Despite this, it remains a bit unloved and under the radar in comparison to the areas surrounding it. It’s not seen as hip as Peckham, as edgy as Lewisham, as leafy as Honor Oak or as sophisticated as Blackheath. It’s not quite far enough outside London to have Beckenham’s village-like charm or close enough to have the appeal to young professionals and tourists that Brixton, Bermondsey and Clapham enjoy.
A bit like Croydon, it’s seen as affordable but unfashionable. A place that remains a bit of a mystery, a place that people might simply see as somewhere to pass through rather than spend any time.
Catford is fighting back against this perception and reputation while trying to keep the affordability, character and slight sense of grit that characterises this portion of South East London.
One company, in particular, is leading this charge, with regeneration platform Really Local Group opening Catford Mews in September last year.
Property Investor Today was recently invited along to Catford Mews to meet the man behind the Really Local Group, explore his brainchild and see what the wider area has to offer.
Bringing culture to Catford
The story of Catford Food Market tells us a lot about the struggles the area has faced in trying to reinvent itself. It launched in the early 2010s and, not long after, disappeared almost without a trace.
In March 2018, though, it was relaunched by Team Catford after strong input from locals about their aspirations for the town centre. Held on the last Sunday of every month, between 10am and 4pm, the market aims to ‘create real opportunities to develop and sustain new businesses’, as well as complementing the existing offerings and meeting local people’s needs.
It is home to some of South East London’s most exciting street food businesses and food producers, as well as offering live music, free craft events for children, a gift shop called Catford Cornucopia and a chance to join Team Catford’s #CatfordConversation and share views on the vision for the town centre. Around 35% of its traders are from the immediate area and offer everything from Californian-style tacos and luxury cakes to jerk chicken and Brazilian street bites.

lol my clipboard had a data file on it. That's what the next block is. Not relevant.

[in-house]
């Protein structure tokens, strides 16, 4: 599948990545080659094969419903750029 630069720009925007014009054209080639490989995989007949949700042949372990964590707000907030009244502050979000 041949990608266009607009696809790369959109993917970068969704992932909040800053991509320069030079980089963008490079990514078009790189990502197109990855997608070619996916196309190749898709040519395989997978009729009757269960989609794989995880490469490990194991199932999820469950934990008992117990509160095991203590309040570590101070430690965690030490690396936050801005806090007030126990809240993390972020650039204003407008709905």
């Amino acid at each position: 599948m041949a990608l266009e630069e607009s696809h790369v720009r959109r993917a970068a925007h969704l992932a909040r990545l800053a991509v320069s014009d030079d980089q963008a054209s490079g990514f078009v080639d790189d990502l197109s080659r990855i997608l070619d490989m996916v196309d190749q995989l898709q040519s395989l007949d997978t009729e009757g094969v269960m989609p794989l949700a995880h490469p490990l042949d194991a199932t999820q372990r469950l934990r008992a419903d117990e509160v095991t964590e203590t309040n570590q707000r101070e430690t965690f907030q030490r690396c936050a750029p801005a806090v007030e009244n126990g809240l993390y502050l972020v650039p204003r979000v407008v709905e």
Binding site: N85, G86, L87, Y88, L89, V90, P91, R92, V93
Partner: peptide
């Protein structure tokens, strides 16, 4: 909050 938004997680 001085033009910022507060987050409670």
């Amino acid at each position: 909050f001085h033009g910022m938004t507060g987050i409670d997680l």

It’s this sort of thing, a community-led project firmly rooted in its local area, that Preston Benson – the American-born founder of Really Local Group – has aimed to recreate at Catford Mews, which transformed a former Poundland into the area’s newest cultural space.
For Benson, buy-in from the local community was absolutely crucial. He wanted to create a space fit for everyone, providing people with something to do on their doorstep.
“Just because you live in Zone 3 or 4, it doesn’t mean you can’t have nice things in the local area,” he said.
He wants people to embrace where they live and not feel the need to travel into central London just for something to do. Local cultural spaces are vital for that, especially in areas such as Catford which are underserved in terms of culture at present.
Surprisingly, Catford Mews is home to the first multi-screen cinema in Lewisham (three screens) for decades, showing both blockbuster movies and special interest films. Affordability is key, with tickets on offer from £5 to £8 to ensure no-one is excluded.